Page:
First off, Berlin is my hometown. I was born there and spent all of my childhood and youth there. I saw the Wall, that everyone expected to always be there, finally come down. I saw the masses of East Germans come over to West Berlin in their Trabants or on foot. I saw them queueing up in front of banks and building societies with their passports to receive their welcome money. I saw how the long-divided city grew together again, much quicker than the rest of Germany did. I was able to finally walk through the Brandenburg Gate. I saw Germany united again, at least on paper, even when the Wall still remained in many people’s heads.

So going back to Berlin is always filled with a lot of very mixed emotions: pride, happiness, anger, frustration, hope, nostalgia, homesickness, excitement and sadness.

Berlin, Berlin, Dein Herz kennt keine Mauern

The prospect of spending a long weekend in my hometown and visiting a board game convention added even more emotions into the mix. I was really looking forward to playing games with fellow hobbyists, meeting people for the first time and generally immersing myself in the world of board games. I knew it would be a lot of long days that would be very tiring. At the same time, I knew I would feel very invigorated by talking to like-minded people.

The location of Berlin Brettspiel Con 2023 was also very exciting. Gleisdreieck is very much steeped in the history of Berlin, giving the event a certain atmosphere that is hard to find or replicate. The station’s name literally means “railway triangle” and marks the spot of a major train hub that opened in 1902. It is a set of viaducts, where the train tracks are lifted above ground. During the War, the structure suffered heavy bombing and it was totally destroyed during the Battle of Berlin that marked the end of World War II.

After the building of the Berlin Wall in 1961, the lower platform became the terminus of the U2 underground line, until service was finally discontinued in 1972. It wasn’t until 1993 that the line restarted its service. Now it’s a relatively busy intersection for several lines.

a plaque set into the ground marking where the Berlin Wall had been - the plaque reads: Berliner Mauer 1961 - 1989
a plaque set into the ground marking where the Berlin Wall had been

I never really visited Gleisdreieck until the convention. So seeing the station in use and visiting the convention located right next to it, but of course, on the ground and not up on the viaduct, was really wonderful. It feels a bit out of the way of everything, but in reality, Potsdamer Platz, the location of major redevelopment popular with tourists, isn’t too far away.

All Change

To visit Berlin, I only had to pay for the flight, food and drink. I got a press pass for Berlin Brettspiel Con and stayed at my parent’s flat. Now that’s not the flat I grew up in. That one is in a building right next to the one I stayed in. So I could see the window that I had often looked out of when I was playing in my room, but I was unable to go back in. I felt nostalgia and a pinch of loss.

It also felt quite weird staying in my parent’s flat. It’s a small studio flat, so my parents had gone away to let me stay there by myself. Yet, on my previous visits, my parents had been there and I had been with my wife and daughter. Additionally, board game convention visits are intrinsically linked with staying in a hotel or B&B. So being in my parent’s flat, all on my own, was really strange. I was at home, but also very much not. I was visiting a board game event, but I wasn’t in a hotel room.

The advantage of staying in the flat was that I didn’t have to pay for expensive breakfasts or other food and drink. I could pop to the shops and get what I wanted, relatively cheaply. That’s when the feelings of nostalgia and loss kicked in again. It’s of course no surprise that the supermarkets and corner shops I knew in my childhood were no longer there. I knew the neighbourhood like the back of my hand, but the little kiosk selling sweets, ice-creams and sticker book stickers wasn’t there anymore. The corner shop I sometimes had popped into was now some sort of office. It was all very different.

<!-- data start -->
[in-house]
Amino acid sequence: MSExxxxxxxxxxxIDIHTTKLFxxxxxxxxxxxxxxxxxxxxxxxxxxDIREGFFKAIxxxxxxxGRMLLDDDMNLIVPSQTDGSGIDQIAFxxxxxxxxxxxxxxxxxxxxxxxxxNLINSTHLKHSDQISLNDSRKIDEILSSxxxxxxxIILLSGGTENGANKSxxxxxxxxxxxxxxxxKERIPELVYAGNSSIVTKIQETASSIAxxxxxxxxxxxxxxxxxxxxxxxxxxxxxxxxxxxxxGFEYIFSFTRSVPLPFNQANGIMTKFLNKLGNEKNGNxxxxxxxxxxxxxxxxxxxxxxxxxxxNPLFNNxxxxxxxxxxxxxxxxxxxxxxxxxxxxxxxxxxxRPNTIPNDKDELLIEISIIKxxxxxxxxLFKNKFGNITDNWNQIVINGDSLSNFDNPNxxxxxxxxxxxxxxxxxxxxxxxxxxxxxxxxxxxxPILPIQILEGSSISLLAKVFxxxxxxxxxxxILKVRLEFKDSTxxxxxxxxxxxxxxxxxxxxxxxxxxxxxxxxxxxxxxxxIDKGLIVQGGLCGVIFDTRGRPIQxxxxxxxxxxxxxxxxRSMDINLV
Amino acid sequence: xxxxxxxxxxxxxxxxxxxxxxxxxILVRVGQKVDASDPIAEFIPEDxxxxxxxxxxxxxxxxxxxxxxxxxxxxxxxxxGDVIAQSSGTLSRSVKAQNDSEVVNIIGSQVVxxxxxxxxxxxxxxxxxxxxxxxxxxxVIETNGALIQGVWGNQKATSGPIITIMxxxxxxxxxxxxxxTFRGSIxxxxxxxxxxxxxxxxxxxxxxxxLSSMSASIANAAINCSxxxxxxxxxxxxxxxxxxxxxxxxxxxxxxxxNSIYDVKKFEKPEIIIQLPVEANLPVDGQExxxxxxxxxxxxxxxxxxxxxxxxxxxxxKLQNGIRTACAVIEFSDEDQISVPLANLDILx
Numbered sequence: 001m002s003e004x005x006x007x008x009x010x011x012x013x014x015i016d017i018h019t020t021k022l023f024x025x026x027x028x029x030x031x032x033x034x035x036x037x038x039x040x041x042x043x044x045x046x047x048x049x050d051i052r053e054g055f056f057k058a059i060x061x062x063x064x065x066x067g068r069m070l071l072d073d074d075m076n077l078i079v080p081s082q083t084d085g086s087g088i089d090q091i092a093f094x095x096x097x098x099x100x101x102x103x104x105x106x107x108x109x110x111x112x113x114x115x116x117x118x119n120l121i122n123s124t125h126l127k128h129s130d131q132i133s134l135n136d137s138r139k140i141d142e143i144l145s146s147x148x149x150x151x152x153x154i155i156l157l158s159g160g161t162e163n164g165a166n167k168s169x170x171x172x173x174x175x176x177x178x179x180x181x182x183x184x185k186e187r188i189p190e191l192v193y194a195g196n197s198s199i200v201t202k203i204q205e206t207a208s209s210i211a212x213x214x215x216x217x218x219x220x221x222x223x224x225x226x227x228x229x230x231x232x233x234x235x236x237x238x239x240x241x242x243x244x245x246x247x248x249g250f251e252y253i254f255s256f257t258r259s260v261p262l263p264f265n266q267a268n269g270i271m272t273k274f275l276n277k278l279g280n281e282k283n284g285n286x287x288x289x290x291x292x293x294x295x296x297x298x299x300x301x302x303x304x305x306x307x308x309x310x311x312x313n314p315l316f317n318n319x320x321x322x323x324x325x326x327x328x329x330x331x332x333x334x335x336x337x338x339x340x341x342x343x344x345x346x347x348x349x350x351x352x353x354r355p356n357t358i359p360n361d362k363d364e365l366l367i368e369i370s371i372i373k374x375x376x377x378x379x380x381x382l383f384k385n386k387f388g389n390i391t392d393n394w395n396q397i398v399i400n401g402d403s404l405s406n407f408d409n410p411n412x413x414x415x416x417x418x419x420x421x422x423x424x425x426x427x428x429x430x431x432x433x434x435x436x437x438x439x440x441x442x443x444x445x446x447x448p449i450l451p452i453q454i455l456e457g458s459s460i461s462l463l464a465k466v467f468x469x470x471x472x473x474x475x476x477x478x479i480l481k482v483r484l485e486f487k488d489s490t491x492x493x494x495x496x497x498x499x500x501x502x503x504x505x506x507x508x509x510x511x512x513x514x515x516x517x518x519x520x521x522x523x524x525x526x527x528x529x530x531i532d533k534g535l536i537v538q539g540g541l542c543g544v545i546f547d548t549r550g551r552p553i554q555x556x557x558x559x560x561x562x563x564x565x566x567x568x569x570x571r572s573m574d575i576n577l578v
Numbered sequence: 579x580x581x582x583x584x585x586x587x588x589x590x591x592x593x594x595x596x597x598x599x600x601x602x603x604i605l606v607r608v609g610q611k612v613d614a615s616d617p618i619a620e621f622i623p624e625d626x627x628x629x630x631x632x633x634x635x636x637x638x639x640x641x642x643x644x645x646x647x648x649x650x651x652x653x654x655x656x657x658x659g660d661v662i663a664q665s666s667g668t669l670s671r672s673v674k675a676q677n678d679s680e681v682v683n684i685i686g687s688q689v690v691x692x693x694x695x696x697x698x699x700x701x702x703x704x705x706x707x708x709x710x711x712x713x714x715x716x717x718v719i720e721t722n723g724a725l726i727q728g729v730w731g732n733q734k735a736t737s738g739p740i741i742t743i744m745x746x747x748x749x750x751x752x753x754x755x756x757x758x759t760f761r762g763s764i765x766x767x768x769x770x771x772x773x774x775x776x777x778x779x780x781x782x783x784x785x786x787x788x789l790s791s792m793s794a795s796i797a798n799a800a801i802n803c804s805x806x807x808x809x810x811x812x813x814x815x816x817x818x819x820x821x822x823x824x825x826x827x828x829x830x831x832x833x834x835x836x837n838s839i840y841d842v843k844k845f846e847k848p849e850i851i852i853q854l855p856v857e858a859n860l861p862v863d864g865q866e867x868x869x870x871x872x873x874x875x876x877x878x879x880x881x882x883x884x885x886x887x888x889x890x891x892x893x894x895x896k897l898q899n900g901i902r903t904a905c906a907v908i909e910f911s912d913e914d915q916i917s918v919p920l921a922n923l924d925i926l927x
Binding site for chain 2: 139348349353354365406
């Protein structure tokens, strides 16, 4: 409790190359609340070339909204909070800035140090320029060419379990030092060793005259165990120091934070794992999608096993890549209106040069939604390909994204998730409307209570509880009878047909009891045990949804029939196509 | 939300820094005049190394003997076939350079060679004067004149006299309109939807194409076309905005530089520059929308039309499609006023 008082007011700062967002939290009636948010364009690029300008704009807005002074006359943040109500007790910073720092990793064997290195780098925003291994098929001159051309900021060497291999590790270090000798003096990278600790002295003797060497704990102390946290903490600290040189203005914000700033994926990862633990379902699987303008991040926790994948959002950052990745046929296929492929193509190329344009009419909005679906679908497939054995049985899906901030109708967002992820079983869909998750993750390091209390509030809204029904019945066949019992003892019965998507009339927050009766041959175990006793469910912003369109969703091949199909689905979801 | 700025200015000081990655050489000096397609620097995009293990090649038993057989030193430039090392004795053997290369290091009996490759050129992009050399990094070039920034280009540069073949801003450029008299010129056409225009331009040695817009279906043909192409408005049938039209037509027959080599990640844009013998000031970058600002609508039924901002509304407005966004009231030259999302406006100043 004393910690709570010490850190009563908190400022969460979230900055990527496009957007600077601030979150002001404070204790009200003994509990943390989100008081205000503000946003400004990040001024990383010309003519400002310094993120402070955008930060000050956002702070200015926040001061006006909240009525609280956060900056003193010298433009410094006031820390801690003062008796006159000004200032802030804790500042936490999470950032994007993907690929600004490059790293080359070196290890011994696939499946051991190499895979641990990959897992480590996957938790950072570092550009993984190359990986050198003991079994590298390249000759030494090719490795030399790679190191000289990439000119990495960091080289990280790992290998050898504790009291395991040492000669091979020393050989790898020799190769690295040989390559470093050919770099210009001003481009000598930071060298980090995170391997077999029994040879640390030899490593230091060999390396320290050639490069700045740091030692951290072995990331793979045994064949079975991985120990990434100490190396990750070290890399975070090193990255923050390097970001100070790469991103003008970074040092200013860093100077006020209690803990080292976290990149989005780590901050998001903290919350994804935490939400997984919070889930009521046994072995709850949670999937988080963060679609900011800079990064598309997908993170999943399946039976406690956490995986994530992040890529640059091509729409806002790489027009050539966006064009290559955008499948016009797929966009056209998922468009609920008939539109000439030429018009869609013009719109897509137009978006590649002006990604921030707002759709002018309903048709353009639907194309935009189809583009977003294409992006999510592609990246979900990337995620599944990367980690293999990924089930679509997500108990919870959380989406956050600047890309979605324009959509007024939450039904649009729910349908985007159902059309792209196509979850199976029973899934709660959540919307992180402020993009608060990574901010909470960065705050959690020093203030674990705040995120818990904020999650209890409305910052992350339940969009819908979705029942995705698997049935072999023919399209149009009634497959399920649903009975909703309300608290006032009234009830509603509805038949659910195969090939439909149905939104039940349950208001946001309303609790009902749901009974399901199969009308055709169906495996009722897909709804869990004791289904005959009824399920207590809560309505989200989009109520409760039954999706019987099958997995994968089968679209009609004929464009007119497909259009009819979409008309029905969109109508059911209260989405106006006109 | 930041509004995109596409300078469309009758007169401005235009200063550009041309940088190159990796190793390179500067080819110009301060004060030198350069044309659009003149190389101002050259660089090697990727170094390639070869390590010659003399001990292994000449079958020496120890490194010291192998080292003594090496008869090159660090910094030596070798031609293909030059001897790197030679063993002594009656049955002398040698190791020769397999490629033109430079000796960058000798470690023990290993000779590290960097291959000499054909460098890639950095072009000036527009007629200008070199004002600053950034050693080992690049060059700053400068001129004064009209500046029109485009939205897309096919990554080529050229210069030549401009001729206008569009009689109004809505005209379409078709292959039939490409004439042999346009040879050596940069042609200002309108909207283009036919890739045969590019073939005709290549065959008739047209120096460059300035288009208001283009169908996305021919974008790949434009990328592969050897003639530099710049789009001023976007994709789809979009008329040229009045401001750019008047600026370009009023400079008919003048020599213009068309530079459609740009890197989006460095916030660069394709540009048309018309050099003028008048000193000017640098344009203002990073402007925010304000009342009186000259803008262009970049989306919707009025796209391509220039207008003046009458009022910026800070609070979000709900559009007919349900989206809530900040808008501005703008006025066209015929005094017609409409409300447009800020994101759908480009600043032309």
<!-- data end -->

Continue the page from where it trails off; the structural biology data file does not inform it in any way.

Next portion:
Still There

At the same time, there was a lot that was familiar. The sound of housemartins in the hot summer’s air. Hearing crickets chirping in the trees lining the streets. The noise of ambulances, fire engines or police going by with their sirens blaring. The odd plane or helicopter flying overhead. The general noise of the streets. Going on a bus or underground train. It all felt the same and took me back to my childhood and teenage years.

a Berlin Currywurst, a fried pork sausage covered in ketchup mixed with curry powder, accompanied by potato salad with mayonnaise
the Berliner Currywurst still tastes amazing and potato salad has to come with mayonnaise

I had forgotten that people smoked in the street. Seeing people with bottles of beer in their hands outside a restaurant, happily chatting and generally being merry was great. People were even having a can of beer on the underground or S-Bahn on their way home from work. It didn’t feel threatening or weird. It’s just what people do in Berlin. Even seeing people begging on the underground, loudly telling everyone their story as they walk past, felt normal. It’s the colourful palette that is Berlin.

So, in a way, not much has actually changed.

a game of Blood Bowl Team Manager set up
being invited to a game of Blood Bowl Team Manager by Ben Maddox meant a lot to me

Thank you, Berlin

In the end, I settled into it all and had a really wonderful time. I am grateful that Berlin Brettspiel Con 2023 gave me a free press pass. I feel very honoured that Spiel des Jahres invited me to the awards ceremony and the press conference the next day. Bumping into Ben Maddox from Five Games For Doomsday was great and his offering to play a game of Blood Bowl Team Manager with me during the game night before the convention meant a lot to me. Seeing Uli Blennemann from Spielworxx in person for the first time and receiving such a warm welcome from him was very special. Speaking with exhibitors and getting demos, forging new contacts and getting a glimpse of new and upcoming games was so invigorating. I think I even made a couple of new friends, if I may be so forward.

So, yes. Thank you, Berlin, for having me back and looking after me. I am so proud to be a Berliner. I hope to see you again soon…

Read more stories about Berlin Brettspiel Con >>

Useful Links


Audio Version

Intro Music: Bomber (Sting) by Riot (https://www.youtube.com/audiolibrary/)

Music by AShamaluevMusic.
Website: https://www.ashamaluevmusic.com